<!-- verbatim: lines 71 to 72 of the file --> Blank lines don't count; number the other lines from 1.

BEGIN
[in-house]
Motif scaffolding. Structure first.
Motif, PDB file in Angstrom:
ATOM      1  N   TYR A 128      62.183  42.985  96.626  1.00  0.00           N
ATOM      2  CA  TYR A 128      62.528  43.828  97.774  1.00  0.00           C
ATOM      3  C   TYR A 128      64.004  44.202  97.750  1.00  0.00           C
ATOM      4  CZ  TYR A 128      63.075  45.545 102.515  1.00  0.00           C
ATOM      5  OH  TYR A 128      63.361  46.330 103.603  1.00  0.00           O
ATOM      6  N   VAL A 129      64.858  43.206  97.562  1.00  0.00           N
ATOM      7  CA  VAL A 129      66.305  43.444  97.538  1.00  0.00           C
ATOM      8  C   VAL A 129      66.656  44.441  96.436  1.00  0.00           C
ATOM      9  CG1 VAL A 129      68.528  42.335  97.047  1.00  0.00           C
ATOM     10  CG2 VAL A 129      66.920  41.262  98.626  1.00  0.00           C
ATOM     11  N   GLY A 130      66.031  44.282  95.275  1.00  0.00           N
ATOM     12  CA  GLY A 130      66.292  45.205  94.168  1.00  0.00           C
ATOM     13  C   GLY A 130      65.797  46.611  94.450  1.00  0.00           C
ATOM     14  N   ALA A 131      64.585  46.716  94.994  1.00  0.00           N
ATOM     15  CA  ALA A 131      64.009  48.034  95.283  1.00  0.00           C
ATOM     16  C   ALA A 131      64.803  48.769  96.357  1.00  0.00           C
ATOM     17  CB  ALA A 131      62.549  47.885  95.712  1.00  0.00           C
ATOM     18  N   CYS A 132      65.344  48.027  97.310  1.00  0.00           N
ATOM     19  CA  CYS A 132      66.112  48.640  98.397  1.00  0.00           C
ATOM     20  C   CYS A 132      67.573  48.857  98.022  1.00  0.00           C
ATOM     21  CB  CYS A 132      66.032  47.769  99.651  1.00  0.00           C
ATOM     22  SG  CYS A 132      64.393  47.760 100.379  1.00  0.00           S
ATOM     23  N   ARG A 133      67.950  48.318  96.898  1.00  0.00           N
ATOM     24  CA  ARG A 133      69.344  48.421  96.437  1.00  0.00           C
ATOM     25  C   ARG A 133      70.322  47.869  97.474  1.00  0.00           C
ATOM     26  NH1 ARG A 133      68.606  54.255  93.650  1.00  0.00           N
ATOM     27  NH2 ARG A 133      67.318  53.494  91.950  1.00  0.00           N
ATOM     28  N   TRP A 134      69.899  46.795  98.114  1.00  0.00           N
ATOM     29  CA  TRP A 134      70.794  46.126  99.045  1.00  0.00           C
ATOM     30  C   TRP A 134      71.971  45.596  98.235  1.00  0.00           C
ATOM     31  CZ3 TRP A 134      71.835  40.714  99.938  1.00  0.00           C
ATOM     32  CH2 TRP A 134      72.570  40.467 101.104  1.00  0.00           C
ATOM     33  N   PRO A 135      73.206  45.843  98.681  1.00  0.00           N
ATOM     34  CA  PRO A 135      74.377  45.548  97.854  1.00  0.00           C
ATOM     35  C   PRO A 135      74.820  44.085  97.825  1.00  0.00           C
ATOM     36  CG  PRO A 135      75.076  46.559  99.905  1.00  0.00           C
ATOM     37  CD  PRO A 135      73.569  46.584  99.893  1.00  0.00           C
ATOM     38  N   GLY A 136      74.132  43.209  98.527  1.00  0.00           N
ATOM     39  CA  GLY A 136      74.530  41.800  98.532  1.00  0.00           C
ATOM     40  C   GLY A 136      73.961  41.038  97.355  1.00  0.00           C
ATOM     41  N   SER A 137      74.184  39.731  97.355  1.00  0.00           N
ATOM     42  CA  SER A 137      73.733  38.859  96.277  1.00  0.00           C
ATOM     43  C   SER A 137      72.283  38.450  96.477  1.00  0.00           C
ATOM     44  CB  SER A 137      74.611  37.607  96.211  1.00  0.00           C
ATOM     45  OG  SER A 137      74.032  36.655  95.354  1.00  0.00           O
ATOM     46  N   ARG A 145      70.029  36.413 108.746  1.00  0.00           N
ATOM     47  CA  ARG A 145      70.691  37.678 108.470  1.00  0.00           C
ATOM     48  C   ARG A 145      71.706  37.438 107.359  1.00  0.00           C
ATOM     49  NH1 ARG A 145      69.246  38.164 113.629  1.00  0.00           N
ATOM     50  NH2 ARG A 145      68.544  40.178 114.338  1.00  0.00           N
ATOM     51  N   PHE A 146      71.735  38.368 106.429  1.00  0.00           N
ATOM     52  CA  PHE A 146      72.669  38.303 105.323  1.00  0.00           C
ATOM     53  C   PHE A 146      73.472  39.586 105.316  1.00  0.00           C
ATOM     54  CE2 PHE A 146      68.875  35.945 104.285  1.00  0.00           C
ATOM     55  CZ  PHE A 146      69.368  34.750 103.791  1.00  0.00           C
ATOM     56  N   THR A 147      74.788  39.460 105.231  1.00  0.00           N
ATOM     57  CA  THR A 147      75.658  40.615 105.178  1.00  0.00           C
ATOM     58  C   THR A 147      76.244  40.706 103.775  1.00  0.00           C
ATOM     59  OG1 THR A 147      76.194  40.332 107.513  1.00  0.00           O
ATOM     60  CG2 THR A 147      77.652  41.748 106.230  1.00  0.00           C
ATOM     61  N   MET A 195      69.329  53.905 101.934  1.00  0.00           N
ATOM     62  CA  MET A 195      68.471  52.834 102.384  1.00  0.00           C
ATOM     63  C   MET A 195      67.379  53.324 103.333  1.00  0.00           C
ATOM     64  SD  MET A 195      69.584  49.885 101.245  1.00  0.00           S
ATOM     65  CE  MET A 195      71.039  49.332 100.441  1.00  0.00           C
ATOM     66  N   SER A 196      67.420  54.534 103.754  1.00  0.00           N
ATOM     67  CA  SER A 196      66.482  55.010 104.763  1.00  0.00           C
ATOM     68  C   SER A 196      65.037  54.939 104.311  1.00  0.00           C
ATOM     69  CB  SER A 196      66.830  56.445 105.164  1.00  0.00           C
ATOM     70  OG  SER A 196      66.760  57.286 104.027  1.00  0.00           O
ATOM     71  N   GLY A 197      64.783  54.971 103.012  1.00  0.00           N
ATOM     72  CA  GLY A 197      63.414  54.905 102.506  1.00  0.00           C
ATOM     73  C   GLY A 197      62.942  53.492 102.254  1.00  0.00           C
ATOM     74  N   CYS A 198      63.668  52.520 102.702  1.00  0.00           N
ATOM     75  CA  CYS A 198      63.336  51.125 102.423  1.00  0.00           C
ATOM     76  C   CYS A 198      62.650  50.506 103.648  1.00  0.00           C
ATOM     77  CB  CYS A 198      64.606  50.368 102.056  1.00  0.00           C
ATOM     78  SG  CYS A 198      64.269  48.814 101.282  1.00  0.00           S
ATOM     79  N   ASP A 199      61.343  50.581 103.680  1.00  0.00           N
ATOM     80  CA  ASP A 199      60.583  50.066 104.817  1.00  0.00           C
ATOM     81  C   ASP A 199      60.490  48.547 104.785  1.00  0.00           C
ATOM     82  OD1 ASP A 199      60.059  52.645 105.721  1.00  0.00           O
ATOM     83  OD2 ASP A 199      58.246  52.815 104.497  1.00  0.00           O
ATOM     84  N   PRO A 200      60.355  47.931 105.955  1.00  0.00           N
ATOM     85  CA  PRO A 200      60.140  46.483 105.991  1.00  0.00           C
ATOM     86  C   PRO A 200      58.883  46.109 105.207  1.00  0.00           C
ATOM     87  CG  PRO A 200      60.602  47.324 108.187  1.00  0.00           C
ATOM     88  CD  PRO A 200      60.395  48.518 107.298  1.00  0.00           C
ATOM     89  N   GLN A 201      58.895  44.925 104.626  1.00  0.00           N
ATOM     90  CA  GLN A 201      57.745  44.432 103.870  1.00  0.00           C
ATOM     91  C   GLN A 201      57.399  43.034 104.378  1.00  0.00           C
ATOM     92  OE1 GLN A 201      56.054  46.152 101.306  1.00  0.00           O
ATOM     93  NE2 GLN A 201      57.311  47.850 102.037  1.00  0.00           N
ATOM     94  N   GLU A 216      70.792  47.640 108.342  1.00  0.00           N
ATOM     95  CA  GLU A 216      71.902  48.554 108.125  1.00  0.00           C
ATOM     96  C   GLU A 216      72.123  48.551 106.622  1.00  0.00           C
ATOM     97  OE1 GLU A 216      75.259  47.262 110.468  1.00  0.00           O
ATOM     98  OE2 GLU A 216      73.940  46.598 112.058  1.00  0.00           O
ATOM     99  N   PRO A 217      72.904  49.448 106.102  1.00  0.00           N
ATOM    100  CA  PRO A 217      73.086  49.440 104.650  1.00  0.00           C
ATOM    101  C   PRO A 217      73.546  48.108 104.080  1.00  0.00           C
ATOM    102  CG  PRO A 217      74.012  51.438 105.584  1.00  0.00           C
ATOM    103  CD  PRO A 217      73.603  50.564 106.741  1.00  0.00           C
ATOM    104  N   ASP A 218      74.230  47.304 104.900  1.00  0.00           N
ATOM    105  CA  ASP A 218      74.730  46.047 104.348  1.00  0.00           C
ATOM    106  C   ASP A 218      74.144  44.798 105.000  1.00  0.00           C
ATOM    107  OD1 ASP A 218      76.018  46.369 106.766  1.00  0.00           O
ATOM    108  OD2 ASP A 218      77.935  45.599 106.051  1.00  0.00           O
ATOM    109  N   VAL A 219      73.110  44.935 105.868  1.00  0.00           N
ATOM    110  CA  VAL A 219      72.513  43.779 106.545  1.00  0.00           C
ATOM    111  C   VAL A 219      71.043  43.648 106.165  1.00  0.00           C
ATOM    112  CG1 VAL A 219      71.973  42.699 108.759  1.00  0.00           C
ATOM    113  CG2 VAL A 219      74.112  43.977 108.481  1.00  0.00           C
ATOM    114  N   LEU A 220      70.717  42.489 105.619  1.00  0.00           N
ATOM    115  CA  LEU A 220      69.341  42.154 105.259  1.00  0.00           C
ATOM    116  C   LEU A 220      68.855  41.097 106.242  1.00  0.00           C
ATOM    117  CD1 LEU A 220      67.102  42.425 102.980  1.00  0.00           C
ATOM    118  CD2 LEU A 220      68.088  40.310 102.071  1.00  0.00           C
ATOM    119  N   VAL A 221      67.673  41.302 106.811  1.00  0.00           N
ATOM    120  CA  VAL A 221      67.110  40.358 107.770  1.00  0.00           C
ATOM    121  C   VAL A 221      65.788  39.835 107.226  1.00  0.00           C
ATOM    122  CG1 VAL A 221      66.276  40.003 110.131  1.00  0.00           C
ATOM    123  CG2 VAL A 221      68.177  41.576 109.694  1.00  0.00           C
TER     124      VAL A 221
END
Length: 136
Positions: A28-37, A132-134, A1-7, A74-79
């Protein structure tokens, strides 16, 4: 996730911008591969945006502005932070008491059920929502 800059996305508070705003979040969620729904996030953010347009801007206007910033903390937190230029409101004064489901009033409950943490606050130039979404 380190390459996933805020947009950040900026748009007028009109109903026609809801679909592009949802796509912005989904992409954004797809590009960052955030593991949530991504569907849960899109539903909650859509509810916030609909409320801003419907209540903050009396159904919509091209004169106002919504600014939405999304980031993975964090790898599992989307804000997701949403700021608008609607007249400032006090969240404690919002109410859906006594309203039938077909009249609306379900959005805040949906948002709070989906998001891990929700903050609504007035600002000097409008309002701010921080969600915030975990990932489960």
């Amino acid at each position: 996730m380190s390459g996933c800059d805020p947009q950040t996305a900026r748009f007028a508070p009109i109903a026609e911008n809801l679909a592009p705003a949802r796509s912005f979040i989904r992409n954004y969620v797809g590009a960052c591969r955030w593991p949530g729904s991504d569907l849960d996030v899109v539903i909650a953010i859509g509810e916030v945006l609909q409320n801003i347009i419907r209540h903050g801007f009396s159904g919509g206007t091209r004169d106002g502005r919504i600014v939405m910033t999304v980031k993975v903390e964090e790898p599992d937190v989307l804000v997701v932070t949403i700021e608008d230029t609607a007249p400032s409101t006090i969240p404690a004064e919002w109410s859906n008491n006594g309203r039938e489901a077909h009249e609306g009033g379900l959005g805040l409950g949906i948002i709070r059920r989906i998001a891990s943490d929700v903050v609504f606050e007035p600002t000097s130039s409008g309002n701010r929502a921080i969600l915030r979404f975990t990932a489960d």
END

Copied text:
ATOM     68  C   SER A 196      65.037  54.939 104.311  1.00  0.00           C
ATOM     69  CB  SER A 196      66.830  56.445 105.164  1.00  0.00           C